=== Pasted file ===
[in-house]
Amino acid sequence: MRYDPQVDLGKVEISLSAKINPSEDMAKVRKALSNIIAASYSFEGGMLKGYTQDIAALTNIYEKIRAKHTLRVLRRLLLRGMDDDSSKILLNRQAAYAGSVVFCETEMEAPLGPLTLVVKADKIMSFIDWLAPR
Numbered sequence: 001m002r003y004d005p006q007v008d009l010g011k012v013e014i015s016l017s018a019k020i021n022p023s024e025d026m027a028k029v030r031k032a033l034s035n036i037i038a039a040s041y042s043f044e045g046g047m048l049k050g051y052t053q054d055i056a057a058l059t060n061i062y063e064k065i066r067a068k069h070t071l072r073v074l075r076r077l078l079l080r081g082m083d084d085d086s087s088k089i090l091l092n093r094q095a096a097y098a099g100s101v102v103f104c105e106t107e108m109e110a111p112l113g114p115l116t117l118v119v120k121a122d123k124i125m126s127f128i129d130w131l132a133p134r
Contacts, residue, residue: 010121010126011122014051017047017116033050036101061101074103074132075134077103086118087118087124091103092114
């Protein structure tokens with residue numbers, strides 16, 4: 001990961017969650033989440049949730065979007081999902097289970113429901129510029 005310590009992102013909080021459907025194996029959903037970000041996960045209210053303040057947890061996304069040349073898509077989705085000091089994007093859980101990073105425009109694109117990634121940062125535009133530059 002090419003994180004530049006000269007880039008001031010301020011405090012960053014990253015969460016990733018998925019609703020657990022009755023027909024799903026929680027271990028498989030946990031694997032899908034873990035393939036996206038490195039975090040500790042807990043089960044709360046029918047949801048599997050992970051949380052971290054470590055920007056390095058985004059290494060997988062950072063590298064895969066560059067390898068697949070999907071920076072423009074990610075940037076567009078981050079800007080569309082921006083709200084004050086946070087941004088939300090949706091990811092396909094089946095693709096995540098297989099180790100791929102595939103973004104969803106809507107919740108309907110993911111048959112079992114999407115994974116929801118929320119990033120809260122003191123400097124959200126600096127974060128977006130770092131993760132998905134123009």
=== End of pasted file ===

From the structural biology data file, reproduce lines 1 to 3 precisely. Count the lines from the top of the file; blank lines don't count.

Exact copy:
[in-house]
Amino acid sequence: MRYDPQVDLGKVEISLSAKINPSEDMAKVRKALSNIIAASYSFEGGMLKGYTQDIAALTNIYEKIRAKHTLRVLRRLLLRGMDDDSSKILLNRQAAYAGSVVFCETEMEAPLGPLTLVVKADKIMSFIDWLAPR
Numbered sequence: 001m002r003y004d005p006q007v008d009l010g011k012v013e014i015s016l017s018a019k020i021n022p023s024e025d026m027a028k029v030r031k032a033l034s035n036i037i038a039a040s041y042s043f044e045g046g047m048l049k050g051y052t053q054d055i056a057a058l059t060n061i062y063e064k065i066r067a068k069h070t071l072r073v074l075r076r077l078l079l080r081g082m083d084d085d086s087s088k089i090l091l092n093r094q095a096a097y098a099g100s101v102v103f104c105e106t107e108m109e110a111p112l113g114p115l116t117l118v119v120k121a122d123k124i125m126s127f128i129d130w131l132a133p134r